893965Every Dead Thing by John Connolly

Another Book Bub discovery, I really wasn’t sure when I started reading this. Much like Natural Causes, it felt kind of violent, kind of extreme, but unlike Tony McLean, Charlie Parker didn’t really evoke any sympathy, in spite of his situation, and I didn’t warm to him as quickly. Never one to walk away from a challenge though, I carried on reading, pedalling away on my exercise bike as I followed his post police career (this was back in the height of my dieting days). Hard to believe I ever questioned why I was reading it, because now I have read every book in the series and have also collected every single one as a signed first edition. I am hooked. Well and truly addicted. I love this series and I love the way in which John Connolly has created such a colourful cast of characters (Louis and Angel – superb) and such a varied array of foes to pit Parker against. Again, this is one of those series which goes beyond all that the eye can see. That gives the sense of a higher power directing everything in Parker’s life and that combines my love of the occult/horror and my love of crime fiction. One thing that is certain is that John Connolly is a master at his craft. Writers are my rock stars for sure – Mr Connolly? The Boss.

sscreamSilent Scream by Angela Marsons

No round up of my reading would be complete without mentioning one of my favourite and greatest discoveries of the past couple of years. I was on one of my daily lunchtime walks when I saw an article on Twitter about an author who had just sold over a million books (now 2 million) after securing a deal with publisher, Bookouture. I was aware of the publisher because by this time I was on NetGalley, and because of this I had kind of heard of the author too. And she was relatively local to me, the books being set in and around my old University town. So I figured I’d take a look. Maybe read it, see what all the fuss was about.

It seems so strange to say that now – ‘kind of heard of the author’. I have devoured all that Miss Marsons has offered and am ready to consume more. I think I will always be hungry to read about Kim Stone and the wonderful characters who inhabit her world. This is such a perfect series, the protagonist so flawed, so broken and yet so fierce that she is one of my all time favourites. And I’m so very proud to also now be able to call Angela Marsons a friend. Even if she was the first writer to ever make me cry. Properly cry. At a motorway service station.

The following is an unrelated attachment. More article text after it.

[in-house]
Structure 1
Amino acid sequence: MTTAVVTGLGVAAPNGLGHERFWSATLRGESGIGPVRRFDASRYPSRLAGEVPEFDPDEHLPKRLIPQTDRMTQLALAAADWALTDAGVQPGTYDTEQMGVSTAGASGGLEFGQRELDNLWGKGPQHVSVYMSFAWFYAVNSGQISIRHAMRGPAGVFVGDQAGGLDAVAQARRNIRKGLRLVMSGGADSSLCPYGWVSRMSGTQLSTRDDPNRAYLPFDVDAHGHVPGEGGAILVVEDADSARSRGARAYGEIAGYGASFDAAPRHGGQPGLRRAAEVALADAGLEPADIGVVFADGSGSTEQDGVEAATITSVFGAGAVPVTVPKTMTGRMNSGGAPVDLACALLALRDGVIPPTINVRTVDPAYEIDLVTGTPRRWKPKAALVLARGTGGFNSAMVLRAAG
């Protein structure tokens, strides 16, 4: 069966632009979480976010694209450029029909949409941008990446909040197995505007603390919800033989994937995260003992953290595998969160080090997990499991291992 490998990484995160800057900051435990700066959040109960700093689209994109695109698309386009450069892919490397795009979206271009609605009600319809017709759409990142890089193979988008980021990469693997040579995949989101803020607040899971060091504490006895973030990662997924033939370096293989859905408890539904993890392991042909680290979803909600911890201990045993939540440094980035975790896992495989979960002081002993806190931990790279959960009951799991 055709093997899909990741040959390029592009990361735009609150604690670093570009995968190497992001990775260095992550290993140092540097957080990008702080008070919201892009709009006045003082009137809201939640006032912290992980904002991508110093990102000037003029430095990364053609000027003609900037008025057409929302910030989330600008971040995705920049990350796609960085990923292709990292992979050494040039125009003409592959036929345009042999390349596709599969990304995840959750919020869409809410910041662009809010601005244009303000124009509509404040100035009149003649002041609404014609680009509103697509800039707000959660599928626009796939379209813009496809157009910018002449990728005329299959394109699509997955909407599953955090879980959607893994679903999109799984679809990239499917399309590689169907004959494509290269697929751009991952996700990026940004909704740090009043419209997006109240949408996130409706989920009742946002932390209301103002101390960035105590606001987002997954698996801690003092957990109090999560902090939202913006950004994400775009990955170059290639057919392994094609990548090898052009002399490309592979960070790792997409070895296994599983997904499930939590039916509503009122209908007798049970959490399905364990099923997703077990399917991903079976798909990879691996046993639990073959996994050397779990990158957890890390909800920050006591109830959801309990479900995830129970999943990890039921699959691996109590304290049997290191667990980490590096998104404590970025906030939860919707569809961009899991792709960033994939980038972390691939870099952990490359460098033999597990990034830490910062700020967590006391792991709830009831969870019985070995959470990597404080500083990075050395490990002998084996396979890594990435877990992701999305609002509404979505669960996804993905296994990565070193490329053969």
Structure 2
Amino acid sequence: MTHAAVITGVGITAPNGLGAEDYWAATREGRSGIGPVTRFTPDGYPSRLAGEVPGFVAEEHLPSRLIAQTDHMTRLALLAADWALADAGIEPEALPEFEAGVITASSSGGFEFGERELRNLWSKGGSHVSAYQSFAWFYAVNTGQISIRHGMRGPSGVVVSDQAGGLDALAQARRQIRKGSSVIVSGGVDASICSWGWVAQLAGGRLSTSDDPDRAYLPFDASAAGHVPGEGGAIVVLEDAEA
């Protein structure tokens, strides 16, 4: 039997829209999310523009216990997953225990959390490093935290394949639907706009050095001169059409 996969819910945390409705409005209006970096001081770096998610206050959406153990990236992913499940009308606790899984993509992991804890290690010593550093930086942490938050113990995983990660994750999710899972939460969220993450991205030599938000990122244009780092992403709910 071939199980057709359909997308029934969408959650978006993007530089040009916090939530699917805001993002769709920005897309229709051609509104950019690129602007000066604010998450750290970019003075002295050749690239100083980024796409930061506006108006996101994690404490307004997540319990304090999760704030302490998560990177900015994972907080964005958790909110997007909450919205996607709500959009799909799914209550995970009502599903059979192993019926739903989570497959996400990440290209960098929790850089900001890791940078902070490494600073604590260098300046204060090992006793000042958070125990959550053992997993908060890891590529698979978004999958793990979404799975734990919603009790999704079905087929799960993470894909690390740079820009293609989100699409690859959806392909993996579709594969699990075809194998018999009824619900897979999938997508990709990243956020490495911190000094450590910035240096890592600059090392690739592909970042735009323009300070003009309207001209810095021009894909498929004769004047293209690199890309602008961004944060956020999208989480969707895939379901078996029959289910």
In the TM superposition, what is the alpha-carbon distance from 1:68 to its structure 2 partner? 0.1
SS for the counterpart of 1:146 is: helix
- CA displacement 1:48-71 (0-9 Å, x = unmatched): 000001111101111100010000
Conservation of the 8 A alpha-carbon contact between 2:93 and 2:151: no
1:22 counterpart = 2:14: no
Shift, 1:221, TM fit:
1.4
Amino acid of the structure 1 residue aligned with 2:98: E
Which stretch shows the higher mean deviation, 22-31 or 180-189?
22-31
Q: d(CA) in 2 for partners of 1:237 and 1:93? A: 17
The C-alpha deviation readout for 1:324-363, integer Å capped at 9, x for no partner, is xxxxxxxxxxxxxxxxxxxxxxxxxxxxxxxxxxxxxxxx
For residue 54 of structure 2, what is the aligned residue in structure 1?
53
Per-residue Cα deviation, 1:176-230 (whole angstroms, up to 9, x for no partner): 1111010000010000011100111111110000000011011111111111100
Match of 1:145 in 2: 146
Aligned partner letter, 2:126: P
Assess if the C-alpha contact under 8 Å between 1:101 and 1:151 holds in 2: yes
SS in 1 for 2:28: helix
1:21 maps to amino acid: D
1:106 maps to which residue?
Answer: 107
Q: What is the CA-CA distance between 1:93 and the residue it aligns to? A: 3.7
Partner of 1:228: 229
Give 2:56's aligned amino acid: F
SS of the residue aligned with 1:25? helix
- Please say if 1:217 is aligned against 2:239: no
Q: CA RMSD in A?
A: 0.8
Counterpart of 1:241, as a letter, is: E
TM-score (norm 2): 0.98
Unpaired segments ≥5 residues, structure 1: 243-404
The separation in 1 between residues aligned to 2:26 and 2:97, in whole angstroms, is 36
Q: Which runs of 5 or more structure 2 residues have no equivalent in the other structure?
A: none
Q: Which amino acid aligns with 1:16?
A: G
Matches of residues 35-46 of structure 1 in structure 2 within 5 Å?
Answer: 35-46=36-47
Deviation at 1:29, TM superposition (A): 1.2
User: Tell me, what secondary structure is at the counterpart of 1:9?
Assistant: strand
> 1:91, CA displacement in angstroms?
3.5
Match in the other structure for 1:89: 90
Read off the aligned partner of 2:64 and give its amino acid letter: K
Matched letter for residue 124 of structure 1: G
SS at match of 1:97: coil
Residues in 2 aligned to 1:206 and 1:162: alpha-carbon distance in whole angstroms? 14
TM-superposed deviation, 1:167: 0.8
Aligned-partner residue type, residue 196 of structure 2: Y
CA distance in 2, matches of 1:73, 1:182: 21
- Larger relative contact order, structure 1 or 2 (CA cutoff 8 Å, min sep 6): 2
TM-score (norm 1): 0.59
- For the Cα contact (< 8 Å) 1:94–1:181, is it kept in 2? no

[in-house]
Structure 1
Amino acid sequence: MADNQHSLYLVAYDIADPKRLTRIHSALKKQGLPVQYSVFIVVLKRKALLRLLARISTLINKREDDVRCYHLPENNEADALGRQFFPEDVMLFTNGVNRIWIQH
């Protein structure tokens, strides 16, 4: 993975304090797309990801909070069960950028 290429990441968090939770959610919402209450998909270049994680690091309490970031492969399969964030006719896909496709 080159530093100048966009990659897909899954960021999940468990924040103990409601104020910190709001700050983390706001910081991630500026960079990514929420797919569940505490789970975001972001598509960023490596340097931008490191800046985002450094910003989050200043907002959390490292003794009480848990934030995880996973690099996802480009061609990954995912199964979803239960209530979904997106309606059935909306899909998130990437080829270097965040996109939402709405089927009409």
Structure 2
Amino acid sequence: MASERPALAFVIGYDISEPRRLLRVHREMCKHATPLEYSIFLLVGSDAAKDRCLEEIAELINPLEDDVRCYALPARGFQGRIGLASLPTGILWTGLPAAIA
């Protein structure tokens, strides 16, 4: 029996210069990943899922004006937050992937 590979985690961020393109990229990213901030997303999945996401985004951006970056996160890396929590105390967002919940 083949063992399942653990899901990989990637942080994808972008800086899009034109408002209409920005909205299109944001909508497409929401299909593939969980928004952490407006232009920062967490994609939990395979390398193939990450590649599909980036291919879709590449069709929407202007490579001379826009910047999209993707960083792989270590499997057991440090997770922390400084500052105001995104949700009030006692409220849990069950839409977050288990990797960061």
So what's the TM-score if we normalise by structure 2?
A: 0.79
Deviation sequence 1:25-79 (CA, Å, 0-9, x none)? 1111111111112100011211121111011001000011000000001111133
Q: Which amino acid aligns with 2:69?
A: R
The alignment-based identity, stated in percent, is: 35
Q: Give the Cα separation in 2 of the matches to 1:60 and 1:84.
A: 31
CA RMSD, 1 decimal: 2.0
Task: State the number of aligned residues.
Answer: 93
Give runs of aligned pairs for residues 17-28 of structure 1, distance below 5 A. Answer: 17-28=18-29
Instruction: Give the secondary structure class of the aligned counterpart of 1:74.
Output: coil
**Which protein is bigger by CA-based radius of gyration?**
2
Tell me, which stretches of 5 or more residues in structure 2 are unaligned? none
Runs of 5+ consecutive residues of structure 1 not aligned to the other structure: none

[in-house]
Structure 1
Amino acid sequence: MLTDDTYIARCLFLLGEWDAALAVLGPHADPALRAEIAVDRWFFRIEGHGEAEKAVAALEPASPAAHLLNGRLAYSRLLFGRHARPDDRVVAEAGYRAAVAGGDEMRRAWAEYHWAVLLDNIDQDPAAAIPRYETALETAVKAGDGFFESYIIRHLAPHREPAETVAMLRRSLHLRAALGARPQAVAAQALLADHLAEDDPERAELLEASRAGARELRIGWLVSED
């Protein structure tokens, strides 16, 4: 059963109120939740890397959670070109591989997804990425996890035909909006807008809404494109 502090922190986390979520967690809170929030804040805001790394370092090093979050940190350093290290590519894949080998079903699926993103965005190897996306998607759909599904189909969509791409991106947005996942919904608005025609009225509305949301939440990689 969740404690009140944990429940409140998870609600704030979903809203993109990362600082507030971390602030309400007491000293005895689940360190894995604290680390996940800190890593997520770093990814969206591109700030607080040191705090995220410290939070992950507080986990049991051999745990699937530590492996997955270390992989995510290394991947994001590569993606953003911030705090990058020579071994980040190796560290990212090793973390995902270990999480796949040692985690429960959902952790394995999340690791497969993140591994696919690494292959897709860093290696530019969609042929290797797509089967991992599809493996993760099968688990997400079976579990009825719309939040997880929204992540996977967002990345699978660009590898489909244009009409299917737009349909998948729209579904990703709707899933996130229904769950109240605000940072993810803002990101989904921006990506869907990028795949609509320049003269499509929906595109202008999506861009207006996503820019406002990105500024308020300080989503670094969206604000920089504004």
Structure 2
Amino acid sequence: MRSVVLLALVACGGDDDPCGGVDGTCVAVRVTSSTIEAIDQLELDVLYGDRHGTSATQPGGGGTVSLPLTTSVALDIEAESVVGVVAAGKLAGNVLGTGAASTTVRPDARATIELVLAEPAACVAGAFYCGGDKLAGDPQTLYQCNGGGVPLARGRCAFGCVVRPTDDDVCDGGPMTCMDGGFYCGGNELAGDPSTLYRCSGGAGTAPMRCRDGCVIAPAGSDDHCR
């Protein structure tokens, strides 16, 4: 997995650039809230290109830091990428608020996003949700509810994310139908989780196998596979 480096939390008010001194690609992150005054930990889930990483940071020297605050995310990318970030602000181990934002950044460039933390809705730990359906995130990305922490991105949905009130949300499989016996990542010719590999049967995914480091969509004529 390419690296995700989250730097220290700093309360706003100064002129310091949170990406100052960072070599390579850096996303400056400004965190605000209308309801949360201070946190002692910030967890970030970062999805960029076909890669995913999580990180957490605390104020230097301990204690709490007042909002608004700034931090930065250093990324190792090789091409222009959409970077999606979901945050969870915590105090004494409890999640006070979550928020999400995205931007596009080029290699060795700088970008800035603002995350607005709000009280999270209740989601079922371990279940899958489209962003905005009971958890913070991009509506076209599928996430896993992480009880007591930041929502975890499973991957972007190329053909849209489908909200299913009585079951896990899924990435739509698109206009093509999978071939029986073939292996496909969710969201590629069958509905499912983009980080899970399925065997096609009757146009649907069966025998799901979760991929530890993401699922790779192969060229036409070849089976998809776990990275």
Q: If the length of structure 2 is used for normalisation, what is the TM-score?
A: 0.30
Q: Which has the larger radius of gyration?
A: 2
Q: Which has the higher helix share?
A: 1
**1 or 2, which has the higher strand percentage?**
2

If you haven’t read the Kim Stone series yet, then I don’t know what you are waiting for. A written invitation? Consider yourself offered a VIP invitation to the party as this is one set of books you don’t want to miss out on. Mystery, peril and a bostin’ Black Country accent. What more could you ask for?

Now I could go on and on about the fabulous books and wonderful authors I have read since that fateful day I picked up Natural Causes way back in 2012. I mean on, and on, and on… From two books in seven years, I had a slow and steady build up of my reading to a point of total bookish domination of my life. I read a few titles in 2013 and 2014, mostly James Oswald and a few Jonas Saul books, but in late 2014, everything changed. I had my life back in a strange, often depressing kind of way, but it also meant a lot of time alone. And boy did I make up for lost time. 150+ books in 2015 and 160+ in 2016. Lord knows where this year will lead me but I’m loving it.

So there you have it. My life in books. If you really want to know the full ins and outs, then check out my GoodReads profile (it’s all there, good, bad and ugly) or, dare I say it, my blog, which has a good selection of the books I have read in the past year. And if you need a reminder of what came before, then here you go.

The Early Learning Years

The Troublesome Teens

The roaring (boring) twenties.

My tastes may have varied a little across the years but one thing has remained constant. When I find a book which engages me, one which takes me away from the everyday and into a wonderful world of pure magic (figurative and sometimes actual magic), then I am one very, very happy reader.

Have a fab week of reading goodness all.


6 thoughts on “The Books of my Years: The barren 30’s… and why it’s James Oswald (@SirBenfro)’s fault you’re reading this.

Comments are closed.